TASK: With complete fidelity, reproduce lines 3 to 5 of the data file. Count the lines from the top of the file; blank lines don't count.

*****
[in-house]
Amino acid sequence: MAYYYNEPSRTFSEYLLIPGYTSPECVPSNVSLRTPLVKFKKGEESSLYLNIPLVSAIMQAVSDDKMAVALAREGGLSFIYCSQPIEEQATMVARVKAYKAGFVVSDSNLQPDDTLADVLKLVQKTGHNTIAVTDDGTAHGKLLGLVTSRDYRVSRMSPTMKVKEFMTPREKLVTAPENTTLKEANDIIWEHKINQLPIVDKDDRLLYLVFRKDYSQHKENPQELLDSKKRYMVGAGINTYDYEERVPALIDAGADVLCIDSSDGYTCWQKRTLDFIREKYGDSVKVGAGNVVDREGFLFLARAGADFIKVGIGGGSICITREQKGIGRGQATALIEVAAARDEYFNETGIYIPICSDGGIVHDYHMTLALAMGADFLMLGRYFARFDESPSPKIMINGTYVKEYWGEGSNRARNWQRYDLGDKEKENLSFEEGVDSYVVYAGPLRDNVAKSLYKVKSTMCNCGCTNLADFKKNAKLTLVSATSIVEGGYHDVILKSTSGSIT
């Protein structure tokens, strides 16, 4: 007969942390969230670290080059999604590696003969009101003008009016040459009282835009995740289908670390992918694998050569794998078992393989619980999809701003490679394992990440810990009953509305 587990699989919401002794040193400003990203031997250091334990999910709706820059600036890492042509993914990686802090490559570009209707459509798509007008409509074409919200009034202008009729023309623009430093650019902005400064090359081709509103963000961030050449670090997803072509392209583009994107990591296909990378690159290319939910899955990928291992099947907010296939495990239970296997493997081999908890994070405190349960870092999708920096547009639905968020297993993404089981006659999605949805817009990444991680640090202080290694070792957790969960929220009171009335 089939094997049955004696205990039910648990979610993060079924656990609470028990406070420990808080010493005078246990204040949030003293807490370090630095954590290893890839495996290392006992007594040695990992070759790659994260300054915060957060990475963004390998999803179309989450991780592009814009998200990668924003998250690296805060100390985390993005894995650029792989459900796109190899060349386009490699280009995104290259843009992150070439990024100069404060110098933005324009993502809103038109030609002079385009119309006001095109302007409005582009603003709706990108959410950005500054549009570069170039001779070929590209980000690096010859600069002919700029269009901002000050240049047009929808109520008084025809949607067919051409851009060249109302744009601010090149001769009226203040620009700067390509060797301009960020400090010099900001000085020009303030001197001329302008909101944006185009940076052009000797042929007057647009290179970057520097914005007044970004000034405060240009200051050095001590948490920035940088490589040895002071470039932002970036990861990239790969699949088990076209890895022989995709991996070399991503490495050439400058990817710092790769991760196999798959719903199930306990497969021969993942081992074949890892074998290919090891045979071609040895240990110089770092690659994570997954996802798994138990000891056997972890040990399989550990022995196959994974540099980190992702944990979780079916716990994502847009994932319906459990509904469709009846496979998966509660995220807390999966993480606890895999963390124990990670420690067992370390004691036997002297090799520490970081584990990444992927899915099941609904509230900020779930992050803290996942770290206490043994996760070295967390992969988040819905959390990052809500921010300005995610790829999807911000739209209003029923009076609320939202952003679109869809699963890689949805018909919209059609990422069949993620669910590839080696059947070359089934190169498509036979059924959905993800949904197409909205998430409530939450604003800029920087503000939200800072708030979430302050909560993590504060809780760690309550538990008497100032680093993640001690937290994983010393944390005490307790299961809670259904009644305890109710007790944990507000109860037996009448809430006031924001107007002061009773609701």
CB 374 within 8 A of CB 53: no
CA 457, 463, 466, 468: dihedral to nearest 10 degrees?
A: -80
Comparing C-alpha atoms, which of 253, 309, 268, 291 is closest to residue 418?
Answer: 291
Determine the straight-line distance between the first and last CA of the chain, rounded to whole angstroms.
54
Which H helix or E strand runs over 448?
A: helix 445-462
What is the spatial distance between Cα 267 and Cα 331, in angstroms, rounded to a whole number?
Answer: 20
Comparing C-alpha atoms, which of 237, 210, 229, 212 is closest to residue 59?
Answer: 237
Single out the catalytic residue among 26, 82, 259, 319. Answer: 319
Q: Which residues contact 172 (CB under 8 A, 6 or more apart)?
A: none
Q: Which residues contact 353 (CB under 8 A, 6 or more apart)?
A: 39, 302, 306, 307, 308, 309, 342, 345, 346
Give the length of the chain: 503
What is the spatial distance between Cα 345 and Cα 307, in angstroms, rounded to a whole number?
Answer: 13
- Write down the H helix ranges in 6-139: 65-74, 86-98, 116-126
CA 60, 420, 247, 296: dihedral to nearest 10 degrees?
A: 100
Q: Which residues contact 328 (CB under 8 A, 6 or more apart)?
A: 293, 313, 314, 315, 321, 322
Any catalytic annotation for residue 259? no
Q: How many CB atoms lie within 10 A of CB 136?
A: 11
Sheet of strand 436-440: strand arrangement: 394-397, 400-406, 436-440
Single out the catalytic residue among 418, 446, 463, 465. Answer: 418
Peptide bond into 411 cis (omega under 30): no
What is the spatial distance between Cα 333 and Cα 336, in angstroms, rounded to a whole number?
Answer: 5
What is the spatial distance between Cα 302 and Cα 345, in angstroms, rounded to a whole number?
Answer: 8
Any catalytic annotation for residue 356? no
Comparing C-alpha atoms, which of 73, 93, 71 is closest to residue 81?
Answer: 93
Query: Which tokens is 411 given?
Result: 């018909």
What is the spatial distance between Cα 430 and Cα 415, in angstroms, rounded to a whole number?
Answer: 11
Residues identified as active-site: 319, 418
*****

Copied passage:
């Protein structure tokens, strides 16, 4: 007969942390969230670290080059999604590696003969009101003008009016040459009282835009995740289908670390992918694998050569794998078992393989619980999809701003490679394992990440810990009953509305 587990699989919401002794040193400003990203031997250091334990999910709706820059600036890492042509993914990686802090490559570009209707459509798509007008409509074409919200009034202008009729023309623009430093650019902005400064090359081709509103963000961030050449670090997803072509392209583009994107990591296909990378690159290319939910899955990928291992099947907010296939495990239970296997493997081999908890994070405190349960870092999708920096547009639905968020297993993404089981006659999605949805817009990444991680640090202080290694070792957790969960929220009171009335 089939094997049955004696205990039910648990979610993060079924656990609470028990406070420990808080010493005078246990204040949030003293807490370090630095954590290893890839495996290392006992007594040695990992070759790659994260300054915060957060990475963004390998999803179309989450991780592009814009998200990668924003998250690296805060100390985390993005894995650029792989459900796109190899060349386009490699280009995104290259843009992150070439990024100069404060110098933005324009993502809103038109030609002079385009119309006001095109302007409005582009603003709706990108959410950005500054549009570069170039001779070929590209980000690096010859600069002919700029269009901002000050240049047009929808109520008084025809949607067919051409851009060249109302744009601010090149001769009226203040620009700067390509060797301009960020400090010099900001000085020009303030001197001329302008909101944006185009940076052009000797042929007057647009290179970057520097914005007044970004000034405060240009200051050095001590948490920035940088490589040895002071470039932002970036990861990239790969699949088990076209890895022989995709991996070399991503490495050439400058990817710092790769991760196999798959719903199930306990497969021969993942081992074949890892074998290919090891045979071609040895240990110089770092690659994570997954996802798994138990000891056997972890040990399989550990022995196959994974540099980190992702944990979780079916716990994502847009994932319906459990509904469709009846496979998966509660995220807390999966993480606890895999963390124990990670420690067992370390004691036997002297090799520490970081584990990444992927899915099941609904509230900020779930992050803290996942770290206490043994996760070295967390992969988040819905959390990052809500921010300005995610790829999807911000739209209003029923009076609320939202952003679109869809699963890689949805018909919209059609990422069949993620669910590839080696059947070359089934190169498509036979059924959905993800949904197409909205998430409530939450604003800029920087503000939200800072708030979430302050909560993590504060809780760690309550538990008497100032680093993640001690937290994983010393944390005490307790299961809670259904009644305890109710007790944990507000109860037996009448809430006031924001107007002061009773609701």
CB 374 within 8 A of CB 53: no
CA 457, 463, 466, 468: dihedral to nearest 10 degrees?